The photo of 16-year-old Fawzi al-Junaidi blindfolded, bruised and surrounded by a dozen Israeli soldiers went viral on social media. It was touted as the emblem of Israeli oppression.
But for Western mainstream media, it was difficult to accommodate this photo, amid all the talk about “anger”, “rage”, “violence”, and the regularly recycled imagery of burning tyres and young men with hidden faces hurling stones.
Fawzi’s arrest was presented as a singular case, an exception, and what happened to him after the photo was snapped did not interest mainstream media. There was little mention of the thousands of children currently imprisoned or the fact that they are the fifth generation of Palestinians living under a military occupation.
Likewise, while many foreign correspondents were saying that US President Donald Trump’s decision to recognise Jerusalem as the capital of Israel had thrown “gasoline in the fire“, there was little mention of the fact that that same city has been systematically ethnically cleansed for the past 70 years.
In Western mainstream reporting, Palestinians yet again were presented as irrational “angry” actors, their oppression yet again denied the coverage it deserves.
Palestinians usually make it into mainstream coverage only when they are protesting or physically confronting Israeli aggression. Their outcry is referred to as an “escalation of violence” in the region. There is no “escalation of violence” when Israel steps up its night raids on Palestinian homes or settlers attack Palestinian farmers.
Israel has also managed to mask the Palestinian question as a religious issue between Muslims/Arabs and Jews.
The mainstream media focus is always on Palestinian reaction and not on Israeli action and it insinuates that Palestinians are on the offence when in fact they are on the defence.
It is within the contours of this “defensive” discourse that Israel has built itself and that mainstream media reports from in the region. That is why, Palestinians “riot” and Israeli forces “disperse”, as Israeli government spokesmen are always quoted as saying. That is why, we see articles referring to the apartheid wall as a “separation wall” or correspondents reporting from Jerusalem never saying “occupied Jerusalem”, which it very much is according to international law.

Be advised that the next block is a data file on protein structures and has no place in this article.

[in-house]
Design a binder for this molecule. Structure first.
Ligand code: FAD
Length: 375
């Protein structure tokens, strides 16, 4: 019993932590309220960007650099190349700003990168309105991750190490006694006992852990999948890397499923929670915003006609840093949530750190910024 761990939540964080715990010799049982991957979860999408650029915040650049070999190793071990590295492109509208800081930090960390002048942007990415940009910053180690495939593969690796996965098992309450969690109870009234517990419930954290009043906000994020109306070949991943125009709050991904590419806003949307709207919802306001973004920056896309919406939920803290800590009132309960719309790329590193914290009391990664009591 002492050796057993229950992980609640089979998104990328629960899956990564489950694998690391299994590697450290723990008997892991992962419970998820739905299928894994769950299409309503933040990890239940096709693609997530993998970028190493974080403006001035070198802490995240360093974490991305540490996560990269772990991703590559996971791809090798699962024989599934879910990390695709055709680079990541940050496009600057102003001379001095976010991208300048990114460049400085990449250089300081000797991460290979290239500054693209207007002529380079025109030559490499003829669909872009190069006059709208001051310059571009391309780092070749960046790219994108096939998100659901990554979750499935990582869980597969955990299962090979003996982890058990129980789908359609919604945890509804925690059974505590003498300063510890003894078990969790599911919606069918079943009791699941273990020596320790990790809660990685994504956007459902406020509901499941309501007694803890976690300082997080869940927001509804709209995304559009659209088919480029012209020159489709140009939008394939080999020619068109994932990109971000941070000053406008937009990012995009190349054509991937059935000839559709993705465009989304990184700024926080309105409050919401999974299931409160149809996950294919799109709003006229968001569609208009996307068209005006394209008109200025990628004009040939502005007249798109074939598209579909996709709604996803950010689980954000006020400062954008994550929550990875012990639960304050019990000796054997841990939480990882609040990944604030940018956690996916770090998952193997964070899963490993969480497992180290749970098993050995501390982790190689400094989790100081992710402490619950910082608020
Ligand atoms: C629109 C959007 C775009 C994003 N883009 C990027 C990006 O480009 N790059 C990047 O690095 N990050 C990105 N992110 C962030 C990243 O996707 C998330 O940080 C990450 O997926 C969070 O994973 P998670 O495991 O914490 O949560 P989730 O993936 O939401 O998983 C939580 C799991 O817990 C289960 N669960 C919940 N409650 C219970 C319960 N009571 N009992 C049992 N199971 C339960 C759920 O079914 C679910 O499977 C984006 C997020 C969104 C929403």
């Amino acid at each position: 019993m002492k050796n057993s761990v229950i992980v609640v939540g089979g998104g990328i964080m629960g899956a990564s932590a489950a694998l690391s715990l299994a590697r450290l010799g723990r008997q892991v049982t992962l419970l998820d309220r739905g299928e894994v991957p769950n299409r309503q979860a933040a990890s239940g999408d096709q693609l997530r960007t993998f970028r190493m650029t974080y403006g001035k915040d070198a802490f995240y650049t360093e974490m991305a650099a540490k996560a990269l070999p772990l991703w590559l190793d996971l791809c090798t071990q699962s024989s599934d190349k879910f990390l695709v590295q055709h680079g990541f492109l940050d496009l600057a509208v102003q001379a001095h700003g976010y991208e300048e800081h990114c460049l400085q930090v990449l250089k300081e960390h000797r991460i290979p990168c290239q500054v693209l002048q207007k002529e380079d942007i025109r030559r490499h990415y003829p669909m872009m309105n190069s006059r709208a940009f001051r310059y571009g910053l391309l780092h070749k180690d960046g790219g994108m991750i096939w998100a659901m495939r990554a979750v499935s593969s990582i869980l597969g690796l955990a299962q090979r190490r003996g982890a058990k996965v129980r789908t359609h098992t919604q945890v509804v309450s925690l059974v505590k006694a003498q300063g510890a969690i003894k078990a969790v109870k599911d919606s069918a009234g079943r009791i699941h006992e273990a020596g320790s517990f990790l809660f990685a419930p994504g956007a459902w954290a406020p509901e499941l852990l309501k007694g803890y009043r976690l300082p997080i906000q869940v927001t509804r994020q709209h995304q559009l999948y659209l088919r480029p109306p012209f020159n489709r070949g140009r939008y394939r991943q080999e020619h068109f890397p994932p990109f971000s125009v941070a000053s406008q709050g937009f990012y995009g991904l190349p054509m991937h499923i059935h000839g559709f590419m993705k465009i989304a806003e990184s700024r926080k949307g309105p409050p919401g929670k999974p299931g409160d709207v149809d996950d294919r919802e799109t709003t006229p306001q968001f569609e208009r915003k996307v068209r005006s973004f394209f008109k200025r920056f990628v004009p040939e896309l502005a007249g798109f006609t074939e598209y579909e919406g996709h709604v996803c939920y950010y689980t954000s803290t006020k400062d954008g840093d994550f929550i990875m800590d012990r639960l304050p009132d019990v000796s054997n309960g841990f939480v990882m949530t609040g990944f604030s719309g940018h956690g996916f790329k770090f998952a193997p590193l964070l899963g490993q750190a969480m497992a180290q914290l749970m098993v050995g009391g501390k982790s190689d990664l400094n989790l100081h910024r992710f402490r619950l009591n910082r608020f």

The general media narrative will have you believe that Gilo, the Israeli settlement in East Jerusalem, and other illegal colonies in Palestine are simply “neighbourhoods” and that the West Bank is not occupied, but “contested” or “disputed”.
Palestinians with Israeli citizenship are simply “Israeli Arabs”. The West Bank is where Palestinians “seek to establish a state” rather than a territory that belongs to the indigenous Palestinians. Gaza is portrayed as its own sovereign entity rather than a besieged Palestinian city.
What was different about the latest media extravaganza on Palestine, however, was that the fraught relationship between mainstream media outlets and Trump pushed for the reporting angle to change. Trump’s attacks on major news organisations and the public fixation on his scandal-prone administration made media coverage of the latest assault on Palestinian rights a bit more critical, but not in the right direction.
Mainstream media presented Trump’s December 6 announcement as his latest blunder, further obscuring what was really going on. There was little mention of the daily struggle of Palestinians living under occupation or the history of land annexation and the Zionisation of Jerusalem.